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Love, Needs, Giving: A Partner's Perspective on Disability


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Beth often shares stories with me of her odd encounters with well-meaning but socially awkward strangers. One of the questions she gets most often is: “So is your fiancé in a wheelchair, too?”

It’s tempting to try to laugh that question off, but the more I think about its implications, the less I like it. Nobody asks me if my fiancé needs glasses too or if she is also Caucasian or is also going grey at the temples. Everyone seems to recognize that a woman wouldn’t have to share my bad eyesight (or any other arbitrary, superficial characteristic) to be interested in marrying me, but for some reason it’s very common to assume that only a man who also has a disability would be interested in a woman with one. It’s as if people believe “typical” cannot love “different.” And this is an assertion that is not only false but painful.

So, how does a relationship work when one of the participants has a disability? Truth to tell, I don’t know how a relationship works when neither does (I was in a relationship once before with someone without a disability, but I can’t say the relationship actually worked). Ours is like any other relationship: we talk to one another, we listen, we try to help.

As far as I can tell, everybody needs help with something in life. Some people are bad at doing their taxes, some are late everywhere they go, many have insecurities and some have legs that don’t work properly. So just as Beth doesn’t think anything of helping me with my insecurities and the challenges I face as a student in a foreign country, I think absolutely nothing of helping her get up and down stairs, preparing a meal for us to share or helping her around the house.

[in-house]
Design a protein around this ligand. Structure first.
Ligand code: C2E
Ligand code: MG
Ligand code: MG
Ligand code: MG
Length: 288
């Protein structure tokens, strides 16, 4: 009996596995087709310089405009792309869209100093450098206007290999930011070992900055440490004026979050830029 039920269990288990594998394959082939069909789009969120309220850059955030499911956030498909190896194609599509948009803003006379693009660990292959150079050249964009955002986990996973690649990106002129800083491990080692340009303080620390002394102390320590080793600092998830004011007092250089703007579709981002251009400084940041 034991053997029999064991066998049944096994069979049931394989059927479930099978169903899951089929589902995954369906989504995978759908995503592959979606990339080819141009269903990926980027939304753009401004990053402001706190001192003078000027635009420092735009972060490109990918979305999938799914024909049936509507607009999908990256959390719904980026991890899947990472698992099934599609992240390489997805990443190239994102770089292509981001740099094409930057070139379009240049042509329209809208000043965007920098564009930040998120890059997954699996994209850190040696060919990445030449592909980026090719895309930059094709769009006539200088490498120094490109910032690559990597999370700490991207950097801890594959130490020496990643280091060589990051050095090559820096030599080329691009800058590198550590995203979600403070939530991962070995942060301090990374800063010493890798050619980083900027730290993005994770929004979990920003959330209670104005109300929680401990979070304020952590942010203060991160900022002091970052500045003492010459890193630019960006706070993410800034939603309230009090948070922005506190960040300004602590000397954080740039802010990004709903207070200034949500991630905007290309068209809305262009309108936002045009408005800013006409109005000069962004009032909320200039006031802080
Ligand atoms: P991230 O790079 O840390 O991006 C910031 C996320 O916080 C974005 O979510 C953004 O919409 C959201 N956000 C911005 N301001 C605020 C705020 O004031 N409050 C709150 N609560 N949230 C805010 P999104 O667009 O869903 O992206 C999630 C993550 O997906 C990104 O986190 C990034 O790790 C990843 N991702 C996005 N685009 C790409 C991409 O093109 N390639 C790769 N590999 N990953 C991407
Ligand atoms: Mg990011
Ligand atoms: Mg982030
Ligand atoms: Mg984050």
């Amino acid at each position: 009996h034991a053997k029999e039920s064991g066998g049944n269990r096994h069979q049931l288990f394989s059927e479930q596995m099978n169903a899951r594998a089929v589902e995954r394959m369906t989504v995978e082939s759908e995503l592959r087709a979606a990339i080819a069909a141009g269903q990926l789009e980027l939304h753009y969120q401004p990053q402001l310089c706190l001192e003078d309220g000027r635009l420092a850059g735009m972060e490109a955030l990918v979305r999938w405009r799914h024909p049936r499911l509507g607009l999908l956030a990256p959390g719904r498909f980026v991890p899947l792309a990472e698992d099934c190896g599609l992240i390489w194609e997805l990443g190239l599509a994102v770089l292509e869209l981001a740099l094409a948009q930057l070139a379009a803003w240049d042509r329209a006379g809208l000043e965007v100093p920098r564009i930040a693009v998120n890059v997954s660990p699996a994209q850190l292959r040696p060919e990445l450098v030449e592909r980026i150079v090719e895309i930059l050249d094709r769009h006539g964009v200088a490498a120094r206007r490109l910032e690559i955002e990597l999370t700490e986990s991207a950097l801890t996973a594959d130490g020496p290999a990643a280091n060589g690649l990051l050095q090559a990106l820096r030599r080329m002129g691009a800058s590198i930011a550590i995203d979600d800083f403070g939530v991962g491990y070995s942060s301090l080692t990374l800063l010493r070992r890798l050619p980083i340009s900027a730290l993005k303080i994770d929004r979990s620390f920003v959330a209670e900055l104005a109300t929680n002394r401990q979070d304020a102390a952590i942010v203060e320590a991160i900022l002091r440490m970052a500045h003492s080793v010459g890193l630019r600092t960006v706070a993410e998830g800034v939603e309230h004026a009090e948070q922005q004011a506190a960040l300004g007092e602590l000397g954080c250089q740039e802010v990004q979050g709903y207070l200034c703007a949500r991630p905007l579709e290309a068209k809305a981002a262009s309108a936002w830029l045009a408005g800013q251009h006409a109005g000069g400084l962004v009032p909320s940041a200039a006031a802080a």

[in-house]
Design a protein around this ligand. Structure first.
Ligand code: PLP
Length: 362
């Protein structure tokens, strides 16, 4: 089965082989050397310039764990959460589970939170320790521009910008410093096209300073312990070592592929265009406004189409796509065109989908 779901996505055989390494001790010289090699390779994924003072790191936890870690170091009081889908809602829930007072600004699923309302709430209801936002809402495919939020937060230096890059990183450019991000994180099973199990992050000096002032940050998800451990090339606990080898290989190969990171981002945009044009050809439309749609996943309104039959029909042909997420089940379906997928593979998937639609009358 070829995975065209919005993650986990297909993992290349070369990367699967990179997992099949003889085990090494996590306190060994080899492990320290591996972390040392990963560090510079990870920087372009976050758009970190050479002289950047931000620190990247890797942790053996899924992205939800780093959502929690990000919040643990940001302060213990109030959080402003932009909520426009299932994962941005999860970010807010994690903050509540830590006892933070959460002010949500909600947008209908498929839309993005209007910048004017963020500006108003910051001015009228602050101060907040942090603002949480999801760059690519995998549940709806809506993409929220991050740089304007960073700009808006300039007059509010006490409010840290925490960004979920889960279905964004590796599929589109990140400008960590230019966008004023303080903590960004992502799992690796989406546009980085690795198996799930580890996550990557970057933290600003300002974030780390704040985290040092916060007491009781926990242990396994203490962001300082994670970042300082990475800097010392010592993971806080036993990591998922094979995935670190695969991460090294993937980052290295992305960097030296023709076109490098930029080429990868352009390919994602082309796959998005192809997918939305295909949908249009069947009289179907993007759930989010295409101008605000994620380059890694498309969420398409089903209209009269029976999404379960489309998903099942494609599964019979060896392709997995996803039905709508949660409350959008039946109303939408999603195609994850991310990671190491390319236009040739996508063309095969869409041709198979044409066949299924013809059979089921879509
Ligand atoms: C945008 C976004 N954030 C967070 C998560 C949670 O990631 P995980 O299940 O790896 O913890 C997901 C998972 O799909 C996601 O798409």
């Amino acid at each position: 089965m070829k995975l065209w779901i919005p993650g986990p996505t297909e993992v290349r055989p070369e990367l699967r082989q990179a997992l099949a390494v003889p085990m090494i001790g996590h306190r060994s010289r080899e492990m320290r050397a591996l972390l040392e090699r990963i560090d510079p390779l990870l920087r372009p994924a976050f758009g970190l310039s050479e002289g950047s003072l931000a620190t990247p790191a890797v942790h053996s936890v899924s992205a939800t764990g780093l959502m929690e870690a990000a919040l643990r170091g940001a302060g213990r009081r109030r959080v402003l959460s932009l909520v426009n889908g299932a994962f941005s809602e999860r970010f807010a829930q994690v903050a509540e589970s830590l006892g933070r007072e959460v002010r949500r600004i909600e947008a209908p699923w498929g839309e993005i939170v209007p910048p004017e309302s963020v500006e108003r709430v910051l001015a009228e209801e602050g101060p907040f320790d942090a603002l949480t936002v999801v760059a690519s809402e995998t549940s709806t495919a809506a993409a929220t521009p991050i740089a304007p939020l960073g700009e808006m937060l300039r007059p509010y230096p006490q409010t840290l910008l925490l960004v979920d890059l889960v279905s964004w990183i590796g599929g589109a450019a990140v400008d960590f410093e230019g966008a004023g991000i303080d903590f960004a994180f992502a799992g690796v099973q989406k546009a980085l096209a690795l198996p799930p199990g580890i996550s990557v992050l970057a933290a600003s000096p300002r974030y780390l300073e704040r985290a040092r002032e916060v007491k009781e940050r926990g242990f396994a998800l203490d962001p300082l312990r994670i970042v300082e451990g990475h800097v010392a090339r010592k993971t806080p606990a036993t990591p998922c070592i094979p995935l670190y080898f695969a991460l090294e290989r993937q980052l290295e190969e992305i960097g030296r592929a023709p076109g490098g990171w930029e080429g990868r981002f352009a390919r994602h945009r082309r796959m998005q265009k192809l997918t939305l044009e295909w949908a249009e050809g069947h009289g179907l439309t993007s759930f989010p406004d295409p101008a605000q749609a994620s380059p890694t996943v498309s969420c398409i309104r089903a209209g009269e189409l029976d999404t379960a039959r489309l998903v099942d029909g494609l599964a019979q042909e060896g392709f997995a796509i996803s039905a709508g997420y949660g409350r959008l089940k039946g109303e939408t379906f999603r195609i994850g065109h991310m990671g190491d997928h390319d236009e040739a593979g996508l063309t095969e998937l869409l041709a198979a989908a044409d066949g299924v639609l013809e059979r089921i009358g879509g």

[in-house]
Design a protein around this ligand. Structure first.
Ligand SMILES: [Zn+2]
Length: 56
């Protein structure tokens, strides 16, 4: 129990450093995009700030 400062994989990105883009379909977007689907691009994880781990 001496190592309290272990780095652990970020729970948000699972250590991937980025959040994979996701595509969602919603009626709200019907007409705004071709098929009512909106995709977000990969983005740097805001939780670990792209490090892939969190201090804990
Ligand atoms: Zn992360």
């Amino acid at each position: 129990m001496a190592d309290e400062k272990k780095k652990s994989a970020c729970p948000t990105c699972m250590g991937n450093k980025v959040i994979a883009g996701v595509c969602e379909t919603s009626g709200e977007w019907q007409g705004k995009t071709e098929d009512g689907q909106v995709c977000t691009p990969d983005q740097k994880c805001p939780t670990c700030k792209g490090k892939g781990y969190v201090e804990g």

In fact, it is this act of helping that brings us closer together. In order to allow her to help me, I have to make myself vulnerable to her emotionally, which is never easy (well, by now it’s easier because we’ve been doing it for so long), and in order to allow me to help her, she has to be very vulnerable to me physically. It all requires a lot of trust, but our trust in one another is always rewarded.

Honestly though, it is the distance between us (not her disability) that has always been the biggest problem to overcome. We have never lived in the same city and never less than 800 miles apart. Now it’s more like 4,600. But we talk every day on Skype, often for hours, sometimes more than once. (Since starting our relationship in September 2012, we have only gone 2 days without Skyping!) We’ve been told that we talk more to one another than do some couples who live together. This is no surprise, since we can’t do much more than exchange words, so we exchange lots and lots of them, and we weigh them carefully.

So, distance has become our teacher, helping us learn to communicate honestly and lovingly with one another. And because being apart forces us to find a silver lining, each of us strives to discern the best and most loving interpretation of the other’s words. When we can’t find that right away, we push through any negative feelings and ask for clarification. We do our best to understand each other’s needs and to help fulfill those needs.  And it turns out not to matter so much what (or even whose) those specific needs are; the remedy is still the same. We speak, we listen, we understand, we give and take, we help each other. We love each other. That’s really all there is to it.

This post originally appeared as a guest post on In Case of Fire, Use Stairs.

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